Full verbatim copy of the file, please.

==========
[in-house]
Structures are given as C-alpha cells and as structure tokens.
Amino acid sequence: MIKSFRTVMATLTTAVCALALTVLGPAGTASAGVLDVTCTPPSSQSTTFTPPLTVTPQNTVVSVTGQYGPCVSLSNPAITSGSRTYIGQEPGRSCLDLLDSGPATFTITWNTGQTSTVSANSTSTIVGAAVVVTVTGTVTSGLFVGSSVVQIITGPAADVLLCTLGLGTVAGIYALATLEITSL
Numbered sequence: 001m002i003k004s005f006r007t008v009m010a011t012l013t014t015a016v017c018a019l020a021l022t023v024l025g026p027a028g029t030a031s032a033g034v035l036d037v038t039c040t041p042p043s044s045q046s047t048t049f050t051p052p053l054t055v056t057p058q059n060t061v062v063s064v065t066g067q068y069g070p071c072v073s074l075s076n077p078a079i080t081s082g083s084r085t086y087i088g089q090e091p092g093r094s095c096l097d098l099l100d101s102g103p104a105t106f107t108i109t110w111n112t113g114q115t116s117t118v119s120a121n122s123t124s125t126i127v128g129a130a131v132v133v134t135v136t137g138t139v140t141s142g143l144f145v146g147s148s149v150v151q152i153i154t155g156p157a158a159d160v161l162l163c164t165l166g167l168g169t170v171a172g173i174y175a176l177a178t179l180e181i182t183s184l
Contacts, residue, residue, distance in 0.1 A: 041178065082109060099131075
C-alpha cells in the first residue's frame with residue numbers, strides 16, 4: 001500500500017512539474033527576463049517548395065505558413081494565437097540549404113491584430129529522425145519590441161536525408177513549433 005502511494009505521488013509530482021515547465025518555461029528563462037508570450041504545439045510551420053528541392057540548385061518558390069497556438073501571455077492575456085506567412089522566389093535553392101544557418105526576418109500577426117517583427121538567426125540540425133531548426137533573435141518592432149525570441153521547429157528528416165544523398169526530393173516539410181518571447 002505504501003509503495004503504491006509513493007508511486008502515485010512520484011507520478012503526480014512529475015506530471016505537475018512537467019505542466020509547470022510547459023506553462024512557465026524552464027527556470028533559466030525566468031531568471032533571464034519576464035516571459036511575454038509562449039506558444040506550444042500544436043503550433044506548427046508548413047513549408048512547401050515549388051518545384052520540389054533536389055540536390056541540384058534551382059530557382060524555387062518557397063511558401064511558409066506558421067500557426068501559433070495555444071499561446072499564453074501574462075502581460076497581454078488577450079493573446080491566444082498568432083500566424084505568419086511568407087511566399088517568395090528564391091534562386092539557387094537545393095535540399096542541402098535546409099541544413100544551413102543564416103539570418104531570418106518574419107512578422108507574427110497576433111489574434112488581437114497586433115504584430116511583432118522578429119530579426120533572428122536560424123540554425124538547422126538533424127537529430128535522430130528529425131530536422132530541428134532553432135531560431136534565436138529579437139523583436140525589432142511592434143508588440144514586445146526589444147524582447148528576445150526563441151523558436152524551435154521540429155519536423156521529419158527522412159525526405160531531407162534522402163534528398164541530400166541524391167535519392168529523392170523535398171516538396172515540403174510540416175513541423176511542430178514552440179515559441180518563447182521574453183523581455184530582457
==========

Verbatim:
[in-house]
Structures are given as C-alpha cells and as structure tokens.
Amino acid sequence: MIKSFRTVMATLTTAVCALALTVLGPAGTASAGVLDVTCTPPSSQSTTFTPPLTVTPQNTVVSVTGQYGPCVSLSNPAITSGSRTYIGQEPGRSCLDLLDSGPATFTITWNTGQTSTVSANSTSTIVGAAVVVTVTGTVTSGLFVGSSVVQIITGPAADVLLCTLGLGTVAGIYALATLEITSL
Numbered sequence: 001m002i003k004s005f006r007t008v009m010a011t012l013t014t015a016v017c018a019l020a021l022t023v024l025g026p027a028g029t030a031s032a033g034v035l036d037v038t039c040t041p042p043s044s045q046s047t048t049f050t051p052p053l054t055v056t057p058q059n060t061v062v063s064v065t066g067q068y069g070p071c072v073s074l075s076n077p078a079i080t081s082g083s084r085t086y087i088g089q090e091p092g093r094s095c096l097d098l099l100d101s102g103p104a105t106f107t108i109t110w111n112t113g114q115t116s117t118v119s120a121n122s123t124s125t126i127v128g129a130a131v132v133v134t135v136t137g138t139v140t141s142g143l144f145v146g147s148s149v150v151q152i153i154t155g156p157a158a159d160v161l162l163c164t165l166g167l168g169t170v171a172g173i174y175a176l177a178t179l180e181i182t183s184l
Contacts, residue, residue, distance in 0.1 A: 041178065082109060099131075
C-alpha cells in the first residue's frame with residue numbers, strides 16, 4: 001500500500017512539474033527576463049517548395065505558413081494565437097540549404113491584430129529522425145519590441161536525408177513549433 005502511494009505521488013509530482021515547465025518555461029528563462037508570450041504545439045510551420053528541392057540548385061518558390069497556438073501571455077492575456085506567412089522566389093535553392101544557418105526576418109500577426117517583427121538567426125540540425133531548426137533573435141518592432149525570441153521547429157528528416165544523398169526530393173516539410181518571447 002505504501003509503495004503504491006509513493007508511486008502515485010512520484011507520478012503526480014512529475015506530471016505537475018512537467019505542466020509547470022510547459023506553462024512557465026524552464027527556470028533559466030525566468031531568471032533571464034519576464035516571459036511575454038509562449039506558444040506550444042500544436043503550433044506548427046508548413047513549408048512547401050515549388051518545384052520540389054533536389055540536390056541540384058534551382059530557382060524555387062518557397063511558401064511558409066506558421067500557426068501559433070495555444071499561446072499564453074501574462075502581460076497581454078488577450079493573446080491566444082498568432083500566424084505568419086511568407087511566399088517568395090528564391091534562386092539557387094537545393095535540399096542541402098535546409099541544413100544551413102543564416103539570418104531570418106518574419107512578422108507574427110497576433111489574434112488581437114497586433115504584430116511583432118522578429119530579426120533572428122536560424123540554425124538547422126538533424127537529430128535522430130528529425131530536422132530541428134532553432135531560431136534565436138529579437139523583436140525589432142511592434143508588440144514586445146526589444147524582447148528576445150526563441151523558436152524551435154521540429155519536423156521529419158527522412159525526405160531531407162534522402163534528398164541530400166541524391167535519392168529523392170523535398171516538396172515540403174510540416175513541423176511542430178514552440179515559441180518563447182521574453183523581455184530582457